Describes a band of frustrated revolutionary exiles in Geneva. This book is a study of individuals under pressure, and it remains a telling account of the fugitive life - especially in its portrait of Razumov, heir to the long line of Russian anti-heroes in Gogol, Dostoyevsky and Turgenev.
In the first decade of the twentieth century, Conrad wrote three political novels that have had constant influence on the way we look at contemporary history. The third of these, Under Western Eyes, is the eternally pertinent story of Russian radicals exiled in Geneva, those who spy on them, and the iron links that chain them to each other and to their motherland.
Introduction by Cedric Watts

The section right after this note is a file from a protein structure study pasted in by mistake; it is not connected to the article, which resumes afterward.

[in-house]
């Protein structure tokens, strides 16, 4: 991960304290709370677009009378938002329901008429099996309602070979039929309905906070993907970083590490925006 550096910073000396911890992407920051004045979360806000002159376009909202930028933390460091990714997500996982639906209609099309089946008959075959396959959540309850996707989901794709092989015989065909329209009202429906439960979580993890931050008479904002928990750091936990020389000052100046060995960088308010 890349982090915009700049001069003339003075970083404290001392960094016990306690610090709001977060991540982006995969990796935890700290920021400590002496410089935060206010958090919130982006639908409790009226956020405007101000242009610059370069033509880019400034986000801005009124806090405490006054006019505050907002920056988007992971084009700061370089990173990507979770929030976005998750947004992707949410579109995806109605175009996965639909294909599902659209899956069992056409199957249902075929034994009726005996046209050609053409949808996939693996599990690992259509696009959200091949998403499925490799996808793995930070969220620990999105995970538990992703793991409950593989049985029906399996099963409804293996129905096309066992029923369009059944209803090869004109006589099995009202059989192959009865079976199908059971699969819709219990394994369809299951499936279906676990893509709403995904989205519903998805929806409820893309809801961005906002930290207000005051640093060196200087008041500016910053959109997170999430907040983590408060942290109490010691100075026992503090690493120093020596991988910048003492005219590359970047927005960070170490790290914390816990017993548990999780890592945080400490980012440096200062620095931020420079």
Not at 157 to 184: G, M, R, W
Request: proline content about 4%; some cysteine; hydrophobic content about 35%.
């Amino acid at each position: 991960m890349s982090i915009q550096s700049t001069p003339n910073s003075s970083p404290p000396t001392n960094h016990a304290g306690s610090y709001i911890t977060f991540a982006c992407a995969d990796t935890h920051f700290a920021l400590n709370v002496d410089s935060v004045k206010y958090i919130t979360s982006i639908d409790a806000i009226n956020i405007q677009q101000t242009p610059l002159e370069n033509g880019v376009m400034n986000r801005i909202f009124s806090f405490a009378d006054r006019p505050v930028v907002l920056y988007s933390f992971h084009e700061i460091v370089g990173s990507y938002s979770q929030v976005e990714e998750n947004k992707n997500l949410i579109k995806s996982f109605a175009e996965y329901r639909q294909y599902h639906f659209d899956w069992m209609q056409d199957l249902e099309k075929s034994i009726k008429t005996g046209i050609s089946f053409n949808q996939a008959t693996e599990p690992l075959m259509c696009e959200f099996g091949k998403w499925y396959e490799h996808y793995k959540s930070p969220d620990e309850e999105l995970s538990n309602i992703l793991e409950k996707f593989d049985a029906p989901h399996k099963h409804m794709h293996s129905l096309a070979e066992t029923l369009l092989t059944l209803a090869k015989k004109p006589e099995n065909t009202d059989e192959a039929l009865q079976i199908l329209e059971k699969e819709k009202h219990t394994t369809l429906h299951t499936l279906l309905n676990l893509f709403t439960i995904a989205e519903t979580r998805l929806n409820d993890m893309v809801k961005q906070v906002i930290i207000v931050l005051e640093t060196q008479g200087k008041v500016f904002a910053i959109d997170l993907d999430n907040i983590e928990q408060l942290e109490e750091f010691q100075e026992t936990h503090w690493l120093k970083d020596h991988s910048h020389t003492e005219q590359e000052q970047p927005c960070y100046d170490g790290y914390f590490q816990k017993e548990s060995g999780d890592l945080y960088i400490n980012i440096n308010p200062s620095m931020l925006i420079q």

(Book Jacket Status: Not Jacketed)
About the Author
Joseph Conrad was born Jozef Teodor Konrad Nalecz Korzeniowski, on December 3, 1857, in Russian-occupied Poland. His father, who was fighting for Polish independence, wrote a poem asking his son to remain "without land or love" as long as Poland was enslaved. Conrad went to sea at sixteen and and served fifteen years aboard English ships. He became the captain of his own ships, sailing to Asia and Africa. He took up writing at the age of 32. It did not come easy: English was his fourth language after Polish, Russian and French, but he wrote with depth and beauty seldom matched. He was offered knighthood, but declined. He died August 3, 1924.